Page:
You are required to be vaccinated against COVID-19 to work or study at Haverford. View the Vaccine Policy. Proof of COVID-19 Vaccination must be uploaded to your HaverHealth Portal.
If you were vaccinated on campus last semester and you lost or misplaced your COVID-19 vaccination card you can access your immunization record from within your Rite Aid pharmacy account. To print your immunization history, login to your Rite Aid or ask your pharmacist to print out a copy for you. You can also view any immunizations you’ve received at Rite Aid within the Rite Aid app under your prescription history.
If you do not have a pharmacy account, you will need your Rx number from your COVID-19 vaccination.
- Call your pharmacist and ask for the Rx number from your COVID-19 vaccination or ask your pharmacist to print your immunization history in person
- Go to RiteAid.com
- Click Sign-in Account on the top navigation bar
- Click Sign Up Now
- When asked "Do you have prescriptions with Rite Aid?" say Yes
- Enter the Rx number when prompted for it
- Navigate to Immunization History to view your record
Hepatitis B (Hep. B)
Measles, Mumps, & Rubella (MMR)
Evidence of immunity may be shown by a history of measles and rubella immunity proved by laboratory testing by a laboratory with the appropriate certification and a written statement of a history of mumps disease from a physician, certified registered nurse practitioner or physician assistant.
Meningococcal A,C,Y and W-135
- Menactra: Clinicians give 2 doses to preteens and teens. Clinicians also give it to certain people at increased risk of meningococcal disease. It helps protect against 4 types of the bacteria that cause meningococcal disease (serogroups A, C, W, and Y).
- Menveo: Clinicians give 2 doses to preteens and teens. Clinicians also give it to certain people at increased risk of meningococcal disease. It helps protect against 4 types of the bacteria that cause meningococcal disease (serogroups A, C, W, and Y).
Meningococcal Group B (Men. B)
College campuses have reported outbreaks of serogroup B meningococcal disease in recent years. CDC recommends the use of a serogroup B meningococcal (MenB) vaccine for people at increased risk during these outbreaks. MenACWY vaccines do not include protection against serogroup B meningococcal disease. In an outbreak setting, CDC recommends a MenB booster shot for college students who previously received the vaccine series. Talk with your clinician about what is best for your specific situation.
- Bexero: Clinicians also give it as a 2-dose series to people 10 years or older at increased risk of meningococcal disease. It helps protect against serogroup B meningococcal disease.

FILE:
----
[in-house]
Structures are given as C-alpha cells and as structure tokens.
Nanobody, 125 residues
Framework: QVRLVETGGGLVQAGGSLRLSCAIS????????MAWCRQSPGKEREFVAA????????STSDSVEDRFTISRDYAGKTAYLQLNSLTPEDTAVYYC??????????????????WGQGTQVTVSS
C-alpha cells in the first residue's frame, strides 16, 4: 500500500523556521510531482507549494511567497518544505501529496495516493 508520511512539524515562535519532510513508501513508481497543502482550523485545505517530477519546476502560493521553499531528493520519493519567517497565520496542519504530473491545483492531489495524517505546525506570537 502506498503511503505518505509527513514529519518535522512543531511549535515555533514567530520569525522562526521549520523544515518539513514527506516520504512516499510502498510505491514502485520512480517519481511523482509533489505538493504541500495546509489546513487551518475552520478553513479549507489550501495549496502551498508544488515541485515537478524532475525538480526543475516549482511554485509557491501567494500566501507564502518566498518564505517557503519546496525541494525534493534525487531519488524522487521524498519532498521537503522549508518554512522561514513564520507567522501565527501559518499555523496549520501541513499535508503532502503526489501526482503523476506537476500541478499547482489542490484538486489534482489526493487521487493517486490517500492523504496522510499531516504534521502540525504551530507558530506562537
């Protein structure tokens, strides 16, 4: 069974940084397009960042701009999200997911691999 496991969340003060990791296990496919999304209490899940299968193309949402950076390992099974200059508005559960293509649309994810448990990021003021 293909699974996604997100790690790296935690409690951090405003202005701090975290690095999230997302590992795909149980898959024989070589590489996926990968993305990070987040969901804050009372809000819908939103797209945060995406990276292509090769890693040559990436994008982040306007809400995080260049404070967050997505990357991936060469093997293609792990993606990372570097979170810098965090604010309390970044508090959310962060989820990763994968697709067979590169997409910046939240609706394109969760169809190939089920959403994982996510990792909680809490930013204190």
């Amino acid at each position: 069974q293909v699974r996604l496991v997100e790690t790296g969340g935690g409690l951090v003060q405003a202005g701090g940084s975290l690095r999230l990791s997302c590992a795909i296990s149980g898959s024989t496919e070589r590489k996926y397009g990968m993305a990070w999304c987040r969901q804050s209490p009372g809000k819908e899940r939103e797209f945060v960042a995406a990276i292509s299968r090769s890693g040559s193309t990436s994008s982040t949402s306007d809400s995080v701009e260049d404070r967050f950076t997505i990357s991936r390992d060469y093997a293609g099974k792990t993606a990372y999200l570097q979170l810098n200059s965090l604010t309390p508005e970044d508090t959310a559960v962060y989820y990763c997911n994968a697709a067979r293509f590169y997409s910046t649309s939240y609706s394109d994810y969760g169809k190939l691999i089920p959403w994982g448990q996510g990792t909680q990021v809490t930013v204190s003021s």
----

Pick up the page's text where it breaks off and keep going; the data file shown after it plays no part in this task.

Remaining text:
- Trumenba: Clinicians give it as a 3-dose series to people 10 years or older at increased risk of meningococcal disease. It helps protect against serogroup B meningococcal disease.
Tetanus, Diphtheria, Pertussis (TDaP)
Evidence of immunity may be shown by one of the following:
- Laboratory evidence of immunity or laboratory confirmation of disease.
- A written statement of a history of chickenpox disease from a parent, guardian, physician, certified registered nurse practitioner or physician assistant.
Flu Shots Available Fall 2021.
Hepatitis A (Hep. A)
HPV (Human Papillomavirus)
Decision Not to Vaccinate
Haverford College follows the American College Health Association (ACHA), the Pennsylvania State Mandatory Vaccination Code, the Advisory College of Immunization Practices (ACIP) and the CDC’s recommendations for immunization compliance guidelines. For the safety of all students, faculty and staff, immunizations are mandatory.1 Students may be exempted from the immunization requirements if there is a medical contraindication or if the student’s religious or philosophical belief prohibits immunizations.
Per Pennsylvania State law for schools:
§ 23.84. Exemption from immunization.
- Medical exemption. Children need not be immunized if a physician or the physician’s designee provides a written statement that immunization may be detrimental to the health of the child. When the physician determines that immunization is no longer detrimental to the health of the child, the child shall be immunized according to this subchapter.
- Religious exemption. Children need not be immunized if the parent, guardian or emancipated child objects in writing to the immunization on religious grounds or on the basis of a strong moral or ethical conviction similar to a religious belief.
The provisions of this § 23.84 amended through September 17, 1982, effective August 1, 1983, 12 Pa.B. 3288; amended August 22, 1997, effective August 23, 1997, 27 Pa.B. 4317. Immediately preceding text appears at serial pages (164332) to (164333) and (129145).
This section cited in 22 Pa. Code § 51.13 (relating to immunization); 22 Pa. Code § 405.49 (relating to immunizations); 28 Pa. code § 23.83 (relating to immunization requirements); 28 Pa. Code § 23.85 (relating to responsibilities of schools and school administrators); and 28 Pa. Code § 27.77 (relating to immunization requirements for children in child care group settings).